Thursday, 9 October 2014

"A Nice Tasty Cottage"

Horaceville. Hal Miller for the Ottawa Journal, May 31, 1941,
Taken from the Pinhey's Point Foundation website
For those who do not know, our first project for our digital history class is a digital landscape project which requires us to choose an area or a building and demonstrate how it changed over time using the digital tools of our choice. For my project, I have chosen Horaceville at Pinhey's Point in Ottawa. The site is part of the City of Ottawa Museum Network and is located at 270 Pinhey’s Point Road, Dunrobin, Ontario.

This house was built by Hamnett Kirkes Pinhey, an English immigrant who arrived in 1820. He was one of the first settlers in March Township. He designed his Georgian style stone manor to be an imposing figure on the Ottawa River riverbank, but it was only in 1849 that the house was completed.

The first part of the house was a two storey log cabin covered in clapboard.This is where the Pinhey family settled. When the Earl of Dalhousie came to visit in 1821, he referred to this house as a "nice tasty cottage with veranda".

Soon after the visit, Hamnett built a large stone attachment onto his wood house. Completed in 1822, this was primarily a ballroom/parlour on the first floor and bedrooms or servant's quarters on the second floor.

Sketch of Horaceville by Marry Anne Pinhey ca. 1830
The next two additions were not added until the 1840s. The central part of the house was added in 1841 and includes the hall, complete with grand staircase, the dining room, a second kitchen and a master bedroom. The house was finally completed in 1849 with the addition of a drawing room and a study on the first floor and bedrooms on the second floor.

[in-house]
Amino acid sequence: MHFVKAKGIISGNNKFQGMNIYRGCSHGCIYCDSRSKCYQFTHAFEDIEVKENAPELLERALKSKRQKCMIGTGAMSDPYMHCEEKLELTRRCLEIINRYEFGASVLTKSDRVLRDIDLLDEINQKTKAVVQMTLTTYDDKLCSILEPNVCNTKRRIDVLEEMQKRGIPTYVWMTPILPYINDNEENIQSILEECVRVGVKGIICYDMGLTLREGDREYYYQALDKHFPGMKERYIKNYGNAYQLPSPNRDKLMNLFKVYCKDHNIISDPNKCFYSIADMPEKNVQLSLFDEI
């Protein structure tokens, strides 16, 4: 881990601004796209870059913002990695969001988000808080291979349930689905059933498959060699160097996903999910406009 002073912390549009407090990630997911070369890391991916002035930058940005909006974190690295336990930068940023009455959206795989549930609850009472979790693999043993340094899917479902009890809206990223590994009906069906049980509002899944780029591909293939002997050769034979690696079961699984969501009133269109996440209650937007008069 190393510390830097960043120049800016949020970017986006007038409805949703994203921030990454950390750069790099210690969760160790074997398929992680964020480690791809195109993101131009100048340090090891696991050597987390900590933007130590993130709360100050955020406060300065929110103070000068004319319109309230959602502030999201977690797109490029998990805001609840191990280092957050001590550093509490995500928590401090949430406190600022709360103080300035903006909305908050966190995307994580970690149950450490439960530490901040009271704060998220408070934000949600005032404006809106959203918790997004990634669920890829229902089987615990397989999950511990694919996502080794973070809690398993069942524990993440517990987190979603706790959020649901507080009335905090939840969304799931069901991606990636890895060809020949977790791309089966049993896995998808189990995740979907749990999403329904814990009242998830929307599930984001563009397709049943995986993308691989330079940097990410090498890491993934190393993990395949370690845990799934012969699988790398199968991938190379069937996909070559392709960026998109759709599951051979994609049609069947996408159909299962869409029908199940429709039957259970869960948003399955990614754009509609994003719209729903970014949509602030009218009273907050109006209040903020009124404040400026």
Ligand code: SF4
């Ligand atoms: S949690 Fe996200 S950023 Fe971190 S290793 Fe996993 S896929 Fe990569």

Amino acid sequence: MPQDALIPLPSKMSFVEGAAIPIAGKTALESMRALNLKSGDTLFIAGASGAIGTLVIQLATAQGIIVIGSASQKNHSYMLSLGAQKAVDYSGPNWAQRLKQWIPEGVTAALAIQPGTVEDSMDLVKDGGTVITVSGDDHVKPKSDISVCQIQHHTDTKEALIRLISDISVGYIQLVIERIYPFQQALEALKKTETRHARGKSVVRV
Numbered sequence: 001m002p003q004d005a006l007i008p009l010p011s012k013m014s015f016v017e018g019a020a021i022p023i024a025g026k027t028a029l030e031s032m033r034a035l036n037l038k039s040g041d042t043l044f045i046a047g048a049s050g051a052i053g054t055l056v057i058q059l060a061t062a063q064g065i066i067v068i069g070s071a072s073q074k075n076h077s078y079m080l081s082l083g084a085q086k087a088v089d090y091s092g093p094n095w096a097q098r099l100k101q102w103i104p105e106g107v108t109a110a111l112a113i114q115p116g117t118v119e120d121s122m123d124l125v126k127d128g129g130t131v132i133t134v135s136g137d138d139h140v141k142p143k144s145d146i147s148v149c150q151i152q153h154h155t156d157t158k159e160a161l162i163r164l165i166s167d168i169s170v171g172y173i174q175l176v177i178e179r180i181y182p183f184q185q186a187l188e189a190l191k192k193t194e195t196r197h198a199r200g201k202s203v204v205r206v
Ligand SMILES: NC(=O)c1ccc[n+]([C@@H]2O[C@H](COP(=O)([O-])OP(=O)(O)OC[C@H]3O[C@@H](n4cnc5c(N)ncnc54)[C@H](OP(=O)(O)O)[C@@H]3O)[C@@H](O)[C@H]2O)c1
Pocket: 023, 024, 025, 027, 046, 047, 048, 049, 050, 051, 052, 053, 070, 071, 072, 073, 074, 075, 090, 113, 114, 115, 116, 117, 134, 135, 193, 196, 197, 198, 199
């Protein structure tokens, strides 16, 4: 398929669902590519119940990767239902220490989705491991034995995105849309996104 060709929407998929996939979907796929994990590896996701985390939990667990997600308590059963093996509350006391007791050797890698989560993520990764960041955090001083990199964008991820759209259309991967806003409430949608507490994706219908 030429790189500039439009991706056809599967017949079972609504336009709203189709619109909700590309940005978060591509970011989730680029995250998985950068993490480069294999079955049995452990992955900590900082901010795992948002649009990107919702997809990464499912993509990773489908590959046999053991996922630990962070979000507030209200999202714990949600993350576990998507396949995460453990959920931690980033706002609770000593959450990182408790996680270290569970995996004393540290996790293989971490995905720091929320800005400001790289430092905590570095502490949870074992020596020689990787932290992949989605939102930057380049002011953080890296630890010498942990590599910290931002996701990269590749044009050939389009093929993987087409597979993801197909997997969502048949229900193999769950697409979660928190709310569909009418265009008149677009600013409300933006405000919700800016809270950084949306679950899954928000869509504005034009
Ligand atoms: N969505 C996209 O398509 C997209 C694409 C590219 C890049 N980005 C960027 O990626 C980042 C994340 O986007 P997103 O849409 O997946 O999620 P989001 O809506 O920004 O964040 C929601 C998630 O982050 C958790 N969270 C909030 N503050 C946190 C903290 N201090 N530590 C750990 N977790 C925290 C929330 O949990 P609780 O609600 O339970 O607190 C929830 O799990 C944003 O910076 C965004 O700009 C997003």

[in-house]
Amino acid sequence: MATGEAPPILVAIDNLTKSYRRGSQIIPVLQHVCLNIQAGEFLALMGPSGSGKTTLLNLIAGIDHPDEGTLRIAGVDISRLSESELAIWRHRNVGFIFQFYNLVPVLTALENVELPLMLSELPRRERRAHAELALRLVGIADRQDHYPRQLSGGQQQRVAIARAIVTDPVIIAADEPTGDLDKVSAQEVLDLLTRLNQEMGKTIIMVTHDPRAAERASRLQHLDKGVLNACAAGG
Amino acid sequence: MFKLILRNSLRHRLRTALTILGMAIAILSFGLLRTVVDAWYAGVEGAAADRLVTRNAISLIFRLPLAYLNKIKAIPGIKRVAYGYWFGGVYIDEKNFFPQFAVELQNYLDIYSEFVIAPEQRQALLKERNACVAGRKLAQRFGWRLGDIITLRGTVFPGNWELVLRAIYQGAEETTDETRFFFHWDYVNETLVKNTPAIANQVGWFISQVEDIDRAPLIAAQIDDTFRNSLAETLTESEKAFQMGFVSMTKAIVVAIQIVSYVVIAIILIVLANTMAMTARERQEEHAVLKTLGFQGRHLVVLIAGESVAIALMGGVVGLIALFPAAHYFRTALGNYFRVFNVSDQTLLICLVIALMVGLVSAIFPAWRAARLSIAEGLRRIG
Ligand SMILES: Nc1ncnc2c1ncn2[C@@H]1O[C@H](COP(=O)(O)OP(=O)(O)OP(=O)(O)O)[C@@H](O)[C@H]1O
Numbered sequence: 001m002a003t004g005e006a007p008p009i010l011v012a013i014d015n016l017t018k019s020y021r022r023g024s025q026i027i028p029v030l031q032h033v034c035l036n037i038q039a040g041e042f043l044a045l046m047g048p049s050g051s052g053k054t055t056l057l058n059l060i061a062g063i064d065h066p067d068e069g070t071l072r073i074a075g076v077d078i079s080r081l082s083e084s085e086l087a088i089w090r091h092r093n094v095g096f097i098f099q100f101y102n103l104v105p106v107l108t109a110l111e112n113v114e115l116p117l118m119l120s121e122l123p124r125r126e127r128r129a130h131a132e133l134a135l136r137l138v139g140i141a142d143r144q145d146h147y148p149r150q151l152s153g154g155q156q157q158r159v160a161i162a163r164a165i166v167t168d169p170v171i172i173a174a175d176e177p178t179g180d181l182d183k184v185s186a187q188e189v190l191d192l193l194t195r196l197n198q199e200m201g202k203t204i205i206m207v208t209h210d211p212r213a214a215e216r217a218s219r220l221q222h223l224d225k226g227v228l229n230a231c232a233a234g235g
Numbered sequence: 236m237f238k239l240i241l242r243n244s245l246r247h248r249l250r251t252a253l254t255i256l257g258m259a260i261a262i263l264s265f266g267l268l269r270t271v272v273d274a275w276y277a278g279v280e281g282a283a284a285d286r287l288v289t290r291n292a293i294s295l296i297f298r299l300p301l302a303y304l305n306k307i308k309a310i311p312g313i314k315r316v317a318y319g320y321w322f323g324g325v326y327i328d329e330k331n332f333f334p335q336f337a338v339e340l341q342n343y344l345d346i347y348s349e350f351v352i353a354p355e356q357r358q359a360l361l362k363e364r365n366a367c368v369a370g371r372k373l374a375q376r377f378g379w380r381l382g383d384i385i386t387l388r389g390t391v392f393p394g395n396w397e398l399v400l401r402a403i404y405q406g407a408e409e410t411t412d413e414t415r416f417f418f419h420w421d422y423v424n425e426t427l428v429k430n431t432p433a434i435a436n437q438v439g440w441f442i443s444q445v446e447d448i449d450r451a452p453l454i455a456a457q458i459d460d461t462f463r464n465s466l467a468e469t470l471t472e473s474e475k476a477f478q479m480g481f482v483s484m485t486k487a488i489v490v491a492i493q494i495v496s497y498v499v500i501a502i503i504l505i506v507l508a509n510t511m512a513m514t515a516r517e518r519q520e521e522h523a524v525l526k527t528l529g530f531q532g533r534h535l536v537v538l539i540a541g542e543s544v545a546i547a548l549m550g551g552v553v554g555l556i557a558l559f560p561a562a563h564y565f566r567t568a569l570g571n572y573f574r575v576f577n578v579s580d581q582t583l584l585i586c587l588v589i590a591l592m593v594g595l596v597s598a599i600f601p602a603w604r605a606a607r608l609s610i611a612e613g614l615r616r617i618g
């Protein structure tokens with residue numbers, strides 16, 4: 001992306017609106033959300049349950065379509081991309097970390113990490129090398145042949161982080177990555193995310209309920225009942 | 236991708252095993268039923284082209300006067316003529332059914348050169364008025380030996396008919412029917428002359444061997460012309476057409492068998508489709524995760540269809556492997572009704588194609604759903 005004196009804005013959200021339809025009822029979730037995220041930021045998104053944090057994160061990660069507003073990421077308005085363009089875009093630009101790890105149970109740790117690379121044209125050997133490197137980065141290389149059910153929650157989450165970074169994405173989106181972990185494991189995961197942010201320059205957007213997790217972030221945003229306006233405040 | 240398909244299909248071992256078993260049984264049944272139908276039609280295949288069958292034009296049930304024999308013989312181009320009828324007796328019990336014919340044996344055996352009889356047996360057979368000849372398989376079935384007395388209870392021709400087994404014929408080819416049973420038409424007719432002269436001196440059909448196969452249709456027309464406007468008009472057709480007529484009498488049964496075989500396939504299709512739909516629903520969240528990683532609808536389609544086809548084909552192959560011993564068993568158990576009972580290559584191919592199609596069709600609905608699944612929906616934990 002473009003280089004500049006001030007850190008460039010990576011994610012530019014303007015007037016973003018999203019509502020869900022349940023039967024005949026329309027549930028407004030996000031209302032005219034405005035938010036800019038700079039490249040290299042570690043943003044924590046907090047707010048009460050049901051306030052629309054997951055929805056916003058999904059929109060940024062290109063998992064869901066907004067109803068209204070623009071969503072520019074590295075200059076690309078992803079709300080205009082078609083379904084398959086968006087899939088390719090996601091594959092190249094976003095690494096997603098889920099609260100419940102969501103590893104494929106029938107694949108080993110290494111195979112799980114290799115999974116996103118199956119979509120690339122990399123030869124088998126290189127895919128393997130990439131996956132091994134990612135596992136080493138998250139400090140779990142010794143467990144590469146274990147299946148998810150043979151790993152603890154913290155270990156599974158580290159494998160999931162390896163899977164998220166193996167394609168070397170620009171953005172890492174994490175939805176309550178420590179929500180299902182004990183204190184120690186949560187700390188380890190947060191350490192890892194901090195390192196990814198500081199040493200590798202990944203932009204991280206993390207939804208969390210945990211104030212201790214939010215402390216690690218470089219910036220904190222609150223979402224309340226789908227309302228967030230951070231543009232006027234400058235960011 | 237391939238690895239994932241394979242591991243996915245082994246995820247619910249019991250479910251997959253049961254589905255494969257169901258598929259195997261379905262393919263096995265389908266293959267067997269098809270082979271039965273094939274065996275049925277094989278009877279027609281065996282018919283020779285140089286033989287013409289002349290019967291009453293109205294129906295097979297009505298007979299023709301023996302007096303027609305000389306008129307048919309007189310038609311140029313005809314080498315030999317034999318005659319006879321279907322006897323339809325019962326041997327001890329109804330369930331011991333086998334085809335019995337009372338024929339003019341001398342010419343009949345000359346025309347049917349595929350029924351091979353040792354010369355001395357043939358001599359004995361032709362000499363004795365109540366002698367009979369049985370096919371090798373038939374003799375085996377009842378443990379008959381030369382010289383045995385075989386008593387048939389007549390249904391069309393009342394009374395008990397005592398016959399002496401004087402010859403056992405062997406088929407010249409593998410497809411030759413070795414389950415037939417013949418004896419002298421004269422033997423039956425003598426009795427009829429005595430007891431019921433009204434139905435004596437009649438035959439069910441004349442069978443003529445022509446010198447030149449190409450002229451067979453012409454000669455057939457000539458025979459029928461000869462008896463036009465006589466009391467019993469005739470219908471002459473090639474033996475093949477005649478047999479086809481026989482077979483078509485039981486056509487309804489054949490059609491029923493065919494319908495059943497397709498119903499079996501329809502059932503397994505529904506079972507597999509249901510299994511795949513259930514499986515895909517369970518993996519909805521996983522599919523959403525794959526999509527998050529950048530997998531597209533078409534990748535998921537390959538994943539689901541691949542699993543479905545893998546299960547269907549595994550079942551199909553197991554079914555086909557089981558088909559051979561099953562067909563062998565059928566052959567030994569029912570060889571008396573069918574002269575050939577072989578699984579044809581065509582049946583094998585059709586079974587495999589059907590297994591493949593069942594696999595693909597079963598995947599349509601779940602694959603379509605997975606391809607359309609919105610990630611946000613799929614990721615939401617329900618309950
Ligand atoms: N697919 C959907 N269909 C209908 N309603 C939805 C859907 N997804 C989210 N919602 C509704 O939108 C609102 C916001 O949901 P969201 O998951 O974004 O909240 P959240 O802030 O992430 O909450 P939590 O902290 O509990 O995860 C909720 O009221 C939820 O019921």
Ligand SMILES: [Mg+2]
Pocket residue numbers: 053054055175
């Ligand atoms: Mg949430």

Upon his death, Hamnett left the house to his children and it remained in the family until the death of the last occupant, Ruth Pinhey (Hammett's great-granddaughter), in 1971. Ruth had been living there alone for the latter part of her life and when she passed, the house went to her nephew who sold it to the Township of March.

Because of the declining fortunes of the family, the house had fallen into disrepair and eventually the original wooden section of the house was dismantled.The remainder of the house had major restoration work done during the' 80s and '90s and the property is now maintained by the City of Ottawa.

Ruins of the original kitchen
I intend to bring the former glory of this house back to life by making a 3D model of it in Sketchup. Using floorplans and pictures, I will attempt to recreate all the stages of construction and the building's interior and exterior as faithfully as possible. To showcase my work, I will make a video tour of the house which chronicles the different stages of construction and deterioration.

My first step is to familiarize myself with Sketchup. Afterwards, I will make a preliminary model based on floor plans of the house. I will continue to model each stage of the building of the house so that they can be seen separately from the whole. When the 3D modeling is complete, I will attempt to furnish the interior and add colour and texture to the house to make it more realistic and visually interesting. When this is done, I will shoot a video tour of the inside and outside of the house and of the different stages of construction and then edit it to make a short movie.

Pinhey's Point Spring 2013
The results of this project are geared towards museum visitors and anyone who is interested in the site. I intend to upload the video to YouTube so that everyone can have access to it and I hope to publish the 3D reconstruction of the modern house on Google earth for people to enjoy.

Works consulted:
Pinhey's Point Foundation website,

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